Anatomy of a Spear Phishing Attack on the White House

A news report earlier this week describes how the Dutch intelligence agency AIVD managed to infiltrate the Russian cyber outfit nicknamed Cozy Bear, and was able to watch in real time as the organization successfully compromised the Democratic National Committee’s email servers in 2016.

It’s a remarkable account on a number of levels, but one detail in particular stands out because it’s a crystal-clear illustration of how spear phishing works.

After discovering Cozy Bear’s activities in the U.S., the Dutch agency notified its U.S. counterparts, and together they were able to watch the Russians launch a sustained attack on the State Department’s network. The attack, which appears to have happened sometime in 2014, was rebuffed, but sources later described it to CNN as “the worst hack attack ever” on the American government.

However, the Dutch news report continues, the Russian attackers managed to “use their access to send an email to a person in the White House.” The White House staffer opens the message, and that’s when things get really interesting:

He thinks he's received an e-mail from the State Department - the e-mail address is similar - and clicks a link in the message. The link opens a website where the White House employee then enters his login credentials, now obtained by the Russians. And that is how the Russians infiltrate the White House.

(emphasis added)

According to this report, the hackers then gain access to the email servers containing President Obama’s “sent and received emails,” as well as “e-mail traffic with embassies and diplomats, agendas, notes on policy and legislation,” but fail to get control of the servers that send messages to and from his BlackBerry.

A Classic Attack

This is a classic spear phishing attack: The attackers do extensive research on the target organization, identify a likely target, and then send a carefully crafted email to the target.

The target thinks the email comes from someone they can trust, but the message actually leads them to a bogus login site controlled by the attackers. When the target enters his or her login information on that site, they’re actually going to the attackers, who then use the credentials to extend their attack.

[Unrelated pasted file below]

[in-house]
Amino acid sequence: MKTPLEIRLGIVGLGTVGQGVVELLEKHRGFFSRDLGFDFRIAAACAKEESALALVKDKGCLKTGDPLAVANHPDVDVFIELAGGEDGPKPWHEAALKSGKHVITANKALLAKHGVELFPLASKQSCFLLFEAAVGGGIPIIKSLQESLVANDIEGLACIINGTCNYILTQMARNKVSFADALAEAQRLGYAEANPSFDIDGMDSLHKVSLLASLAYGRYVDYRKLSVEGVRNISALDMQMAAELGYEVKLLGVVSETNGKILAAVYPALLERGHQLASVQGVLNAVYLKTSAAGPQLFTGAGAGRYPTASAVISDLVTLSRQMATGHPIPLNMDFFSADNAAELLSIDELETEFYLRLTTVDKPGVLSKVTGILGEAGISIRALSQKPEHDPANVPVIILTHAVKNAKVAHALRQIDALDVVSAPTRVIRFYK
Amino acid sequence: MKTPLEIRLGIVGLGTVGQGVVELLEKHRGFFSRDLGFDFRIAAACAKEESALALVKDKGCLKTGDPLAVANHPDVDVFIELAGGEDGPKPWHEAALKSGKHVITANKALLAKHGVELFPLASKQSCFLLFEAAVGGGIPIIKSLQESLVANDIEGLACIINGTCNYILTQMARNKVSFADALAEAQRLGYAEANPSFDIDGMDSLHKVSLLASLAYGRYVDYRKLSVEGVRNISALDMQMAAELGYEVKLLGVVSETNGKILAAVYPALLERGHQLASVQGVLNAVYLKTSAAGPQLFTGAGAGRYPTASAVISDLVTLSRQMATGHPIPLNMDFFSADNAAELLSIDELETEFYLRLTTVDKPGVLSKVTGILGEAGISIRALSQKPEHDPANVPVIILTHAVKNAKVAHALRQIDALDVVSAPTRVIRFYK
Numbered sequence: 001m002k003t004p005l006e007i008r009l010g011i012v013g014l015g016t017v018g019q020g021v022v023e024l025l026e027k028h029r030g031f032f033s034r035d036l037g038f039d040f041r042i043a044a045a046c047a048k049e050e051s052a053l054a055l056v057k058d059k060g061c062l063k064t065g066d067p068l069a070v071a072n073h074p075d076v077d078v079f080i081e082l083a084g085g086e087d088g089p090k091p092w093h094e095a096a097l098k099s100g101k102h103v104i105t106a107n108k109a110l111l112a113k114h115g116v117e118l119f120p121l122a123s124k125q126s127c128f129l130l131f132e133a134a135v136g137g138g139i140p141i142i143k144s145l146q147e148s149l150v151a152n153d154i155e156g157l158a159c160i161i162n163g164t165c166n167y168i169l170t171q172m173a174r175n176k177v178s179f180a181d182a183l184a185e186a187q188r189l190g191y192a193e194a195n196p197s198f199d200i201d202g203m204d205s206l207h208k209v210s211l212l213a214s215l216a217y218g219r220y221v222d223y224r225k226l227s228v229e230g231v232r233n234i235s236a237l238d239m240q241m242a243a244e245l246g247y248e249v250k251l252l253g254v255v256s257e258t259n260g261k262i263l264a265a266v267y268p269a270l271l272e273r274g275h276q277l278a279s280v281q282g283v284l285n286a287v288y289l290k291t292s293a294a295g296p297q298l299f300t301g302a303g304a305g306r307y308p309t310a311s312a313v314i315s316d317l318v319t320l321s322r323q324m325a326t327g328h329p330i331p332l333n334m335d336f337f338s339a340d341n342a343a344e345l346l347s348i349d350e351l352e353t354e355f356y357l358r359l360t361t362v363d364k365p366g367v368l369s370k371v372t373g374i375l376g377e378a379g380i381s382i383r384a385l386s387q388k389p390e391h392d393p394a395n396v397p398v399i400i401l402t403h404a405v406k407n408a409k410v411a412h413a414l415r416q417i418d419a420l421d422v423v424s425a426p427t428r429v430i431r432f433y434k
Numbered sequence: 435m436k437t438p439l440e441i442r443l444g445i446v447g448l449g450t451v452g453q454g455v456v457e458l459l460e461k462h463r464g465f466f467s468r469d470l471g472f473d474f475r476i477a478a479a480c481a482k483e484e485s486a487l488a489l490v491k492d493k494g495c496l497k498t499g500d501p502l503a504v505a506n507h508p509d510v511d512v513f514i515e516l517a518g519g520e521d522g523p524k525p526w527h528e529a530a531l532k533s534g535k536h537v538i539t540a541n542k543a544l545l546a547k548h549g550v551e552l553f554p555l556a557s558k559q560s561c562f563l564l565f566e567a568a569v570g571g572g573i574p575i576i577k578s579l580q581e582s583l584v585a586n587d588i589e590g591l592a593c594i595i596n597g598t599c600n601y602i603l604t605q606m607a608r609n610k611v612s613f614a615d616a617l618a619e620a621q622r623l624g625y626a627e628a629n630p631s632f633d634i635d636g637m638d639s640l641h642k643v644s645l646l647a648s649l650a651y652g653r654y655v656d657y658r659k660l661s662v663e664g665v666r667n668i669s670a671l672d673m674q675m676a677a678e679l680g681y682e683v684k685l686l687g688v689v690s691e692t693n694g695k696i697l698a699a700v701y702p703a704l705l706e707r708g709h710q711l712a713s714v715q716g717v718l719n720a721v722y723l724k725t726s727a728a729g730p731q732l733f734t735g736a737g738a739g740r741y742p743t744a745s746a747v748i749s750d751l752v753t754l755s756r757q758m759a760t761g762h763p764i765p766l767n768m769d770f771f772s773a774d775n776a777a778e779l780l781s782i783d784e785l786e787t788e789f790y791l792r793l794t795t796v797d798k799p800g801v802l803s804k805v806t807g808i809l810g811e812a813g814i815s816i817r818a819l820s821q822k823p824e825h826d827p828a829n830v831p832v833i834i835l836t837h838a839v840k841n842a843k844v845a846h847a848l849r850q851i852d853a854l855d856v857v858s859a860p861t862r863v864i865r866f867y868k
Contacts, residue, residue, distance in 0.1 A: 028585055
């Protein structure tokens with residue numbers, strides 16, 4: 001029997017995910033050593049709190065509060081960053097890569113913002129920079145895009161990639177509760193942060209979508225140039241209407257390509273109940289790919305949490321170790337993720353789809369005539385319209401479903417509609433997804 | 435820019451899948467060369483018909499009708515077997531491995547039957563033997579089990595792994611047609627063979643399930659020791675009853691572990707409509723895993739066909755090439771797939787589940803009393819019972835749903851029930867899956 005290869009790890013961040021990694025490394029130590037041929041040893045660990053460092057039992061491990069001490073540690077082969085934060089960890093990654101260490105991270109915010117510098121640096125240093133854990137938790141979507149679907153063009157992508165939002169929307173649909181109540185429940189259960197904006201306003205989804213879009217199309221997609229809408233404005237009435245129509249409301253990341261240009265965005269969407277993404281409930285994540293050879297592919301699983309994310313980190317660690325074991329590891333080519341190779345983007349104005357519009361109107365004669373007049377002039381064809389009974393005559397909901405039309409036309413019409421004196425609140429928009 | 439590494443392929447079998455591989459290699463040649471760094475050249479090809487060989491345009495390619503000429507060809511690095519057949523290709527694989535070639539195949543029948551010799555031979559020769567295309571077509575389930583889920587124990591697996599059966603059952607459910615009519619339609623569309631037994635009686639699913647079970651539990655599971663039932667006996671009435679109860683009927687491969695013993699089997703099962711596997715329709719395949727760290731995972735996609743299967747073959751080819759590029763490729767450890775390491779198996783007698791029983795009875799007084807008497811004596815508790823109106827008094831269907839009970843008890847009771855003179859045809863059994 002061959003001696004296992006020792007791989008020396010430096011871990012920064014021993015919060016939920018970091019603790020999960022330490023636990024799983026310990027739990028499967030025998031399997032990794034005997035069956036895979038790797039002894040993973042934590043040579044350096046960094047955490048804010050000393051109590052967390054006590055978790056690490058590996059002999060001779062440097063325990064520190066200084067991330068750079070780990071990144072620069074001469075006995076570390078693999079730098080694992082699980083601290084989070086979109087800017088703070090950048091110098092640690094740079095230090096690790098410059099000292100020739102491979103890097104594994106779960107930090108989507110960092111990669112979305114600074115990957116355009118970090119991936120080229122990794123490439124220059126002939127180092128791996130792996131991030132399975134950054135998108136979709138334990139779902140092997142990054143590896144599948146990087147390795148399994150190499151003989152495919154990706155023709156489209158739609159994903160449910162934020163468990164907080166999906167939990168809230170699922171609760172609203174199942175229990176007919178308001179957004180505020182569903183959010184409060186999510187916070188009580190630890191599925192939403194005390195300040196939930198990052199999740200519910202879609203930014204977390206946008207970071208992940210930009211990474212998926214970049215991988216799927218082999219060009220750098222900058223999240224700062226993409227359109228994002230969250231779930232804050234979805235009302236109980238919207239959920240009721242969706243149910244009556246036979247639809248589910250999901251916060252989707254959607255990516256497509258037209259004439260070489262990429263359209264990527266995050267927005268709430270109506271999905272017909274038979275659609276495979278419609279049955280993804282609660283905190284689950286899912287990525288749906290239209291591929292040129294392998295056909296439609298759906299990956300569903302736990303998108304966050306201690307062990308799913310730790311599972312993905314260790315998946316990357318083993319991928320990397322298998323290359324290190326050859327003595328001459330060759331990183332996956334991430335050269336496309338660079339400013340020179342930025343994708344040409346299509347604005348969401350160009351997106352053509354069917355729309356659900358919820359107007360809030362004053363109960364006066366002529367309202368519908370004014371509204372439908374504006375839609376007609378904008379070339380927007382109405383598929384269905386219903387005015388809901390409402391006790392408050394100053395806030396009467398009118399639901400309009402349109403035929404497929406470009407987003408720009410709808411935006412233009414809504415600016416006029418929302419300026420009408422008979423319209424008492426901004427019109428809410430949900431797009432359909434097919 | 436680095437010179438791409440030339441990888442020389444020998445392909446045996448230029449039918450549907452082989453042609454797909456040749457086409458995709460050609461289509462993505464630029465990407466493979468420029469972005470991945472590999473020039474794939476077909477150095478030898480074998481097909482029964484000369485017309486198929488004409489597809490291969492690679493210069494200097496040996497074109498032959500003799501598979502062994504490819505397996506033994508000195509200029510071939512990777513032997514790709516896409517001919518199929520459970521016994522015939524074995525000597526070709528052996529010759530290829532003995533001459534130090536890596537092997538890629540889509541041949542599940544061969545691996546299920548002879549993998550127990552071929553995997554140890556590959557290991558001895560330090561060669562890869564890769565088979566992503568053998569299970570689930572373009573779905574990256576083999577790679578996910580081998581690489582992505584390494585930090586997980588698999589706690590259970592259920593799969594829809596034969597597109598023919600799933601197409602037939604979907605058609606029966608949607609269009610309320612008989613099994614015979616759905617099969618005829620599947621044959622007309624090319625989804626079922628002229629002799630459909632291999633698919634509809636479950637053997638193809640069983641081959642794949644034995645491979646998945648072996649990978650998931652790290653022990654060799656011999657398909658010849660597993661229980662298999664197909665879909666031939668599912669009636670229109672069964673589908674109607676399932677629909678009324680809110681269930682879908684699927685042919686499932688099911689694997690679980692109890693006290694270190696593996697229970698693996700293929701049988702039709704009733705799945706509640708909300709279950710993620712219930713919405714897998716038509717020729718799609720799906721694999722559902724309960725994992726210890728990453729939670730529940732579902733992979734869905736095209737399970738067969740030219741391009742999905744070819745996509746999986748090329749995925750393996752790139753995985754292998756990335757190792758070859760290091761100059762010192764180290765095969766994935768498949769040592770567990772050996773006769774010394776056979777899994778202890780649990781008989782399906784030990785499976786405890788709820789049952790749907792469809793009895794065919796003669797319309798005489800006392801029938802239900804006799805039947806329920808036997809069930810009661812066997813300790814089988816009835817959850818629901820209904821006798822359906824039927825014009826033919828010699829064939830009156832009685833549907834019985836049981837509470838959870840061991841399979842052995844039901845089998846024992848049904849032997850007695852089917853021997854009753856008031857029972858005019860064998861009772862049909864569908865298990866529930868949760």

The Dutch report says that the Russians were able to send the message from the State Department’s systems before they get kicked out by the Americans. In other words, they compromised the network and gained direct access to the State Department’s mail servers, at least for a short while.

No Network Access Required

However, it’s important to note that access to the State Department’s mail servers is not required to send a fake state.gov email. In fact, it doesn’t take much effort to craft a fake email and put a State.gov effort into the From field.

Done right, such a message is nearly indistinguishable from a legitimate message — and almost no mail filtering service or malware scanner in the world would be able to stop it.

To fix this vulnerability, State.gov needs to implement DMARC at enforcement, just as the Department of Homeland Security’s BOD 18-01 directs. This wouldn’t prevent hackers who had already gained access to State’s network from using it to send messages, if that access includes access to the department’s mail system. However, it would provide a global ban on hackers sending unauthorized messages using State.gov in the From field. As Valimail CEO Alexander García-Tobar recently wrote in Federal Computer Week, BOD 18-01 will greatly increase the cybersecurity of the U.S. government, and this is exactly why it’s needed.

Note: State.gov does have a DMARC record, so it has visibility into what IP addresses around the world are sending on its behalf. It’s just that this DMARC record is set to a policy of “none,” which means mail servers around the world will check for authorization, but will continue to deliver unauthorized messages.

Many organizations find it’s difficult to take the next step, and get their DMARC to an enforcement policy, which provides real protection. It’s a particular challenge with organizations that are using many different cloud services or servers around the world.

Valimail can help with that, with our ValiGov service for federal agencies, and we guarantee that we will get our customers’ domains to DMARC enforcement. Find out more here.

Top photo: The White House, via Flickr.

 

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